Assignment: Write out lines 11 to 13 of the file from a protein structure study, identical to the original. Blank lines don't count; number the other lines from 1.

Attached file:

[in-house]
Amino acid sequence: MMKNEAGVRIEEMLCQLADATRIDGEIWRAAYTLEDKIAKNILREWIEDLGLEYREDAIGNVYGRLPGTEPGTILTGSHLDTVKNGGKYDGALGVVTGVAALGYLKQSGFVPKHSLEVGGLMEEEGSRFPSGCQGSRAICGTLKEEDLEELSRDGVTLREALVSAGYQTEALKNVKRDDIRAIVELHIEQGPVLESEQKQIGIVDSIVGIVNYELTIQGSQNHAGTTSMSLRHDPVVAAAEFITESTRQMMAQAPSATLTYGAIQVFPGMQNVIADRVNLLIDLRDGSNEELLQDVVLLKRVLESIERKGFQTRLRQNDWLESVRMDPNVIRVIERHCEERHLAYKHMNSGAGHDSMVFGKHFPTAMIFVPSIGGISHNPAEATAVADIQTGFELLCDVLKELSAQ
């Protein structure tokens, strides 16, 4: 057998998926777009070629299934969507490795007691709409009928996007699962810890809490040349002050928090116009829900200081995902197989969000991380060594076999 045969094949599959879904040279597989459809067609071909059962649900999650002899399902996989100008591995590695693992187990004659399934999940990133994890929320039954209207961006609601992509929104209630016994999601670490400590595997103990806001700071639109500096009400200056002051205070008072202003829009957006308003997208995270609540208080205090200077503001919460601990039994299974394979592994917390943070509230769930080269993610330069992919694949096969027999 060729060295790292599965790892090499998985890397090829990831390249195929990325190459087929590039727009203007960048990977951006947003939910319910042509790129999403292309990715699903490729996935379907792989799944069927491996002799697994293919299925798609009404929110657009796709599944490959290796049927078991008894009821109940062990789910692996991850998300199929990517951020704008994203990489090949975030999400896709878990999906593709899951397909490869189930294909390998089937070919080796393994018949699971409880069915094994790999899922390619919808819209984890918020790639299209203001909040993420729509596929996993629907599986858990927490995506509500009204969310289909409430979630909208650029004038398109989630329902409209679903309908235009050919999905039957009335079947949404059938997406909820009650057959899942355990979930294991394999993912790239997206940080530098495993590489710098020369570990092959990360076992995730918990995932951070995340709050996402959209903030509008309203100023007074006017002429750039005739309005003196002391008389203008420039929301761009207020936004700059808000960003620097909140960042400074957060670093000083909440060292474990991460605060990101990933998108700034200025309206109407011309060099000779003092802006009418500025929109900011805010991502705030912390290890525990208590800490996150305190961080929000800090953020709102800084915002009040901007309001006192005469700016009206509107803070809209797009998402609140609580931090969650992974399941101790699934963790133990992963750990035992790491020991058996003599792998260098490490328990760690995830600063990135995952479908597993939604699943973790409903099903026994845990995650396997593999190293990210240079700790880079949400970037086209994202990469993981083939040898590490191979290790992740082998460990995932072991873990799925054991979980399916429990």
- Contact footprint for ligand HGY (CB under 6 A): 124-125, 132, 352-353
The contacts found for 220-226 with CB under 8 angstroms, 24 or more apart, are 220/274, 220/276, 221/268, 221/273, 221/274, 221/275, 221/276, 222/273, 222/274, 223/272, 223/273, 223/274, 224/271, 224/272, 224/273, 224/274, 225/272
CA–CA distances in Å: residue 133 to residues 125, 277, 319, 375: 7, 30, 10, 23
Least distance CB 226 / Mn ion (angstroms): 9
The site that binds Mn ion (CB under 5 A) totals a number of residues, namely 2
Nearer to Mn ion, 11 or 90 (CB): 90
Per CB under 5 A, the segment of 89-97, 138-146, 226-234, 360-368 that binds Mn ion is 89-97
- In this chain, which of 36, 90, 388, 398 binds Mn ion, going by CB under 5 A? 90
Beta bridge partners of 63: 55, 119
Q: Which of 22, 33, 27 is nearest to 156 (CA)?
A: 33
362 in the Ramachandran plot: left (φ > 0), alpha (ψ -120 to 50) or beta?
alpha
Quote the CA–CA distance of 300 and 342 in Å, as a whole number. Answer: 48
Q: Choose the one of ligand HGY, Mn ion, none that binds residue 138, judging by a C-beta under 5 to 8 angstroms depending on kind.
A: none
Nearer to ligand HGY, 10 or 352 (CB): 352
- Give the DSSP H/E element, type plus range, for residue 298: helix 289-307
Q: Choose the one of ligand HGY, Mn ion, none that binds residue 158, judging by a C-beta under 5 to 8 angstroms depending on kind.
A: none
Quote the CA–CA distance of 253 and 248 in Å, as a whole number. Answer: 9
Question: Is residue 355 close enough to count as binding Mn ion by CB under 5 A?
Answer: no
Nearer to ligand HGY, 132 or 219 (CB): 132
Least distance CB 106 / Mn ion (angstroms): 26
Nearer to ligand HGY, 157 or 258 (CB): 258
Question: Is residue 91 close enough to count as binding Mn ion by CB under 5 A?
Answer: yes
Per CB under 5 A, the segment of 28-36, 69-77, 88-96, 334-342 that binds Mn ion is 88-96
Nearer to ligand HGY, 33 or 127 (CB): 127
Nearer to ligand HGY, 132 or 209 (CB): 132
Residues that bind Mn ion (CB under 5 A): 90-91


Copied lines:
- In this chain, which of 36, 90, 388, 398 binds Mn ion, going by CB under 5 A? 90
Beta bridge partners of 63: 55, 119
Q: Which of 22, 33, 27 is nearest to 156 (CA)?